Fun Things To Do While Traveling To Improve Cognitve Skills!

  • Have your child search for license plates with a vowel in them.  Once he spots one, see if he can say each sound and blend it into a nonsense word to work on attention and blending sounds.  See who can find the most in 15 minutes.
  • See if your child can get through an entire song clapping on beat.  When she gets good at this, give her a two step pattern to follow to the beat, such as clap (hands), slap (thighs), clap, slap, etc.  Rhythm is a key developmental skill and can help with attention and memory.
  • Work on I Spy type activities with 3 items.  You say “I see a bell, a red car and a robin’s nest.”  Your child should point to these 3 things in the environment in the order you named them.  As she becomes confident, the descriptions should become more challenging.  Try descriptions like these: “Find the thing that tells time, the place you can get a drink of water and something that opens and closes a door,” instead of a clock, a water fountain and a door handle.
  • Have your child make rhymes out of the street names.  Tyvola rhymes with Motorola and Rea rhymes with may, bay, clay and hay.
  • Have your child find numbers or letters using magazines or word and number search books.  Choose a targeted number or letter for him to circle or cross out (find all the Ts or 4s on a page or in the article), pushing accuracy first and then speed.
  • Super Circles TM is an easy travel game that combines matching numbers and colors, increasing your child’s processing speed.  You may not be able to play this in the car, but it is an easy game to tuck away and bring to your destination.
  • To help with math skills, have your child add license plate numbers (392TVQ is 14 points).  For an older child, have her multiply (392TVQ is 3 x 9 x 2 = 54).  The person who has the most points after 30 minutes is the winner.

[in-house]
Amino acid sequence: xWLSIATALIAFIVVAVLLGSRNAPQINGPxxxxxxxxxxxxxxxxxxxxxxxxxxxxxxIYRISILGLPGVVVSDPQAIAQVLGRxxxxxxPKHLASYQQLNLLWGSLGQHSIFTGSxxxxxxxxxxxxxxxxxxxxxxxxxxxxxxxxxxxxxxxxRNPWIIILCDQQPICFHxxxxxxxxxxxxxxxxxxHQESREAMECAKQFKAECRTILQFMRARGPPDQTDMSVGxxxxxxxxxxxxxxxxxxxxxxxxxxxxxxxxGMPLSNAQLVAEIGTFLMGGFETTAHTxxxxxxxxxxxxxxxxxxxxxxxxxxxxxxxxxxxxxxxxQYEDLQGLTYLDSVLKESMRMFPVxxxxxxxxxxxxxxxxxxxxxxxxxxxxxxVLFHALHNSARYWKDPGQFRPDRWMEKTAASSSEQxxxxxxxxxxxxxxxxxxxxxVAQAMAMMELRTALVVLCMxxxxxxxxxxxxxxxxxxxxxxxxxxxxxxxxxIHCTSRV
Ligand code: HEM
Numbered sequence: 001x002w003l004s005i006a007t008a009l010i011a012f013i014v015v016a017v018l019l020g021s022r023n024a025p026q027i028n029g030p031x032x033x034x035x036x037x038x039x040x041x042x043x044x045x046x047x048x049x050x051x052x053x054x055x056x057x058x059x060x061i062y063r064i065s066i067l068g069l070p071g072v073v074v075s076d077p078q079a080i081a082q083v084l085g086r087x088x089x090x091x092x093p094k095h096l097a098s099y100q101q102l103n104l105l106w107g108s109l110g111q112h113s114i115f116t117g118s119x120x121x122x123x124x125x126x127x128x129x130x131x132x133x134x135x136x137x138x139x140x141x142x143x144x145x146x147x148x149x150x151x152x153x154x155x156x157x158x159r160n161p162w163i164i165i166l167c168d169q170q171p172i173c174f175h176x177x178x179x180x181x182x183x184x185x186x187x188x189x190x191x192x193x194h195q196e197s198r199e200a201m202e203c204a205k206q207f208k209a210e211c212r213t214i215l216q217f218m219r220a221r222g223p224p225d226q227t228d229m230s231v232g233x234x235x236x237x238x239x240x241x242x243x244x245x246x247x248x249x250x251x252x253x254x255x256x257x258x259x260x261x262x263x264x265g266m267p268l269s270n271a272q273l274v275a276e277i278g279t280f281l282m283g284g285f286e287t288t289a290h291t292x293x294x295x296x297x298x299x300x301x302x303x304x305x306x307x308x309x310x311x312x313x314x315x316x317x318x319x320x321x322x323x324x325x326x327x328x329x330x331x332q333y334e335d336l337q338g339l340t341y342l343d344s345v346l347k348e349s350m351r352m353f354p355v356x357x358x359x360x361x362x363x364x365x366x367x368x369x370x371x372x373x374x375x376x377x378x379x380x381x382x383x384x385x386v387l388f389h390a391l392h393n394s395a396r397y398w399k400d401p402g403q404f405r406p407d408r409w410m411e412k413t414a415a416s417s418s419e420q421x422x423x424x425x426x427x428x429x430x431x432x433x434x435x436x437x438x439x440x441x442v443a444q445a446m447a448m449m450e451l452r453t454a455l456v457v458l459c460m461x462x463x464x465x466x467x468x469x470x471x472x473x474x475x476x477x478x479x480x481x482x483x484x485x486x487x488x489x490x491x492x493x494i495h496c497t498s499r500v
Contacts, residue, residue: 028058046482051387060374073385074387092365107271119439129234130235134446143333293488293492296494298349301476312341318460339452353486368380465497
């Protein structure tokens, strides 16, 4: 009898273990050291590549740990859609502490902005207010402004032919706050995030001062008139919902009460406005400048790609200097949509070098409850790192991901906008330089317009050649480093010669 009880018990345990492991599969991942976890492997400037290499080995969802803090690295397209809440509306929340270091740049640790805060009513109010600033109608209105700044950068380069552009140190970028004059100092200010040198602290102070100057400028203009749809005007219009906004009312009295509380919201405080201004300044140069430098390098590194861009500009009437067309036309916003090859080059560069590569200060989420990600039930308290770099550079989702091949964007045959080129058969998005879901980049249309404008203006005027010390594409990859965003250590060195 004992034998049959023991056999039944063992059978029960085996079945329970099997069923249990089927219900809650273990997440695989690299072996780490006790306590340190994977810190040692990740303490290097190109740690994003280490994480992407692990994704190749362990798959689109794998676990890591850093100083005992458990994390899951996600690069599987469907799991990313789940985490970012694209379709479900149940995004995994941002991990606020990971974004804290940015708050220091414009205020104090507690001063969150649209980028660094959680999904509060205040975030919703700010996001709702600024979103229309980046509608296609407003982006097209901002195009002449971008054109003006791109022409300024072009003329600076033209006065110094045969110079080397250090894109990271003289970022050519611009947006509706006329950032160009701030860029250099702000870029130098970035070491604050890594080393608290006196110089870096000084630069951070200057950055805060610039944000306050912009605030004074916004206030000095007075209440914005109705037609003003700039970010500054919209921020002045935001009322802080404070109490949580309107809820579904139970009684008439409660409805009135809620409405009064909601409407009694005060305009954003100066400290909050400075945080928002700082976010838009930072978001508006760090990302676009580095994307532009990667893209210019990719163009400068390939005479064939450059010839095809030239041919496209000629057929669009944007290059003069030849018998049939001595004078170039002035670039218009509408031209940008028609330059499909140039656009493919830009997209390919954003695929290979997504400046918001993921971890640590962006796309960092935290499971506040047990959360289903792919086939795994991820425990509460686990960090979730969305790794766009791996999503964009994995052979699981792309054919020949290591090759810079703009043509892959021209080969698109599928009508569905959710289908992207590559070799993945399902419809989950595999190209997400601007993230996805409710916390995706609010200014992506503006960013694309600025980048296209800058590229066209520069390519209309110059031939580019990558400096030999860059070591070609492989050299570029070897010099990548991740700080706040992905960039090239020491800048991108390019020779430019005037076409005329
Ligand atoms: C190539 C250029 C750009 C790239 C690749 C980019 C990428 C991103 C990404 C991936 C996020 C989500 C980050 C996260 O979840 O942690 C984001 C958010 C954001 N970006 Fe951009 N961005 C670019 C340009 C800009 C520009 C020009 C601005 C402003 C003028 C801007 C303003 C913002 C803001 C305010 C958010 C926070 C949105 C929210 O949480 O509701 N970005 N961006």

Parents, these are games are meant for the entire family, including you, because everyone can benefit from brain training!

When You’ve Got Too Much To Think About

With so much information delivered to your smart phone, your computers, your iPad, your TV and who knows what else, you might feel your brain just can’t keep up. It’s far easier to feel overloaded and overwhelmed when you are bombarded with information, and you’re not fully in control of the rate and methods you use to learn.

In my field, that feeling is known as cognitive overload. Here are some tips for moving from overload to handling well all you have to think about and learn:

  • Pay careful attention to information you want to retain. When we skim our reading and information, and haven’t spent time upfront processing and manipulating it, the information was only on our "clipboard" and not held for later retrieval. So it disappears.
  • What do I mean by "manipulating" information? That’s a fancy way to say you learn the information in different ways so you build associations and the information stays with you.

For example, if you are reading something on LinkedIn that you want to remember, try to tell someone right away about the information. Talking about it will help you remember it later. So will doodling or drawing information you want to recall, rewriting it in your own words, reading it aloud, or putting the information in an outline.

Reorganizing information helps us retrieve it more efficiently later. Doing different things with the information makes it stronger than rereading it many, many times.

Our brains have a tremendous capacity to learn at any age. However, as researchers Tracey Shors and Elizabeth Gould have pointed out, concerted effort is key to learning and remembering.

Link to Tracey Shors on YouTube: